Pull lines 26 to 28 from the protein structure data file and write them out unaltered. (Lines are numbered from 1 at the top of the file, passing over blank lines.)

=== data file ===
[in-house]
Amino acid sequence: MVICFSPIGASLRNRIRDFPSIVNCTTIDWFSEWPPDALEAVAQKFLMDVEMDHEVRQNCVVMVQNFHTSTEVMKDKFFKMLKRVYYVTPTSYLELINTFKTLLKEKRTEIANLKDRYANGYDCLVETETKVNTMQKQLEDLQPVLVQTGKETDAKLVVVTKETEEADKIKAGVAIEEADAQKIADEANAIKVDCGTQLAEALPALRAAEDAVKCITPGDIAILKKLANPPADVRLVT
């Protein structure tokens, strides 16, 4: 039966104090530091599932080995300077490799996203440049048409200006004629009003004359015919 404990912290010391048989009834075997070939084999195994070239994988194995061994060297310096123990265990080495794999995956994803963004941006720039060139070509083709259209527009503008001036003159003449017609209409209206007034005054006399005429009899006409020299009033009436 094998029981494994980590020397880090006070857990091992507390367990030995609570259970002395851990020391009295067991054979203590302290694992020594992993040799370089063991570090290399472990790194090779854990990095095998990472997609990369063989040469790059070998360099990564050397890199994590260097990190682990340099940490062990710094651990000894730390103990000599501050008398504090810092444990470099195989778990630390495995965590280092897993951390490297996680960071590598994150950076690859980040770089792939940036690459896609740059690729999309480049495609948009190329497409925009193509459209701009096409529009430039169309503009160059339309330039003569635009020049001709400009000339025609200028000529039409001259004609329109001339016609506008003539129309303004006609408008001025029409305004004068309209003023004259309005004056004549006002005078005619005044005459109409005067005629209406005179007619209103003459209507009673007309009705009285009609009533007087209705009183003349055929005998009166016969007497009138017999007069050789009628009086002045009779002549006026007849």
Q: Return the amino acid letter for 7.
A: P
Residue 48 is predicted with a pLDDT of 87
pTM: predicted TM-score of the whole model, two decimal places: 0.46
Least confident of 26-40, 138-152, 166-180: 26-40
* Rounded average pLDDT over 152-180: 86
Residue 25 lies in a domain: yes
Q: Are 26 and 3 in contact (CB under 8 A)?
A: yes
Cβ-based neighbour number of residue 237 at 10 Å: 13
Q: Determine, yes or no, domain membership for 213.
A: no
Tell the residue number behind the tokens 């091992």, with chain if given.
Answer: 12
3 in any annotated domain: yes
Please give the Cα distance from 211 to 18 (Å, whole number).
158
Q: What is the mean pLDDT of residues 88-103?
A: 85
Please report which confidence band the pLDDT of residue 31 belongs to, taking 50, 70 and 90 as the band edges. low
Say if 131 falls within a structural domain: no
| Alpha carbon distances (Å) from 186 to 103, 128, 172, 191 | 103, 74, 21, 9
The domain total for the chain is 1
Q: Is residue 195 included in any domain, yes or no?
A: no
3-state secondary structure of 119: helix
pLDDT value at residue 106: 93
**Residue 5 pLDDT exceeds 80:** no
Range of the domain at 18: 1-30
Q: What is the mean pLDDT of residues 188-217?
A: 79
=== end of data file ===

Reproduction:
The domain total for the chain is 1
Q: Is residue 195 included in any domain, yes or no?
A: no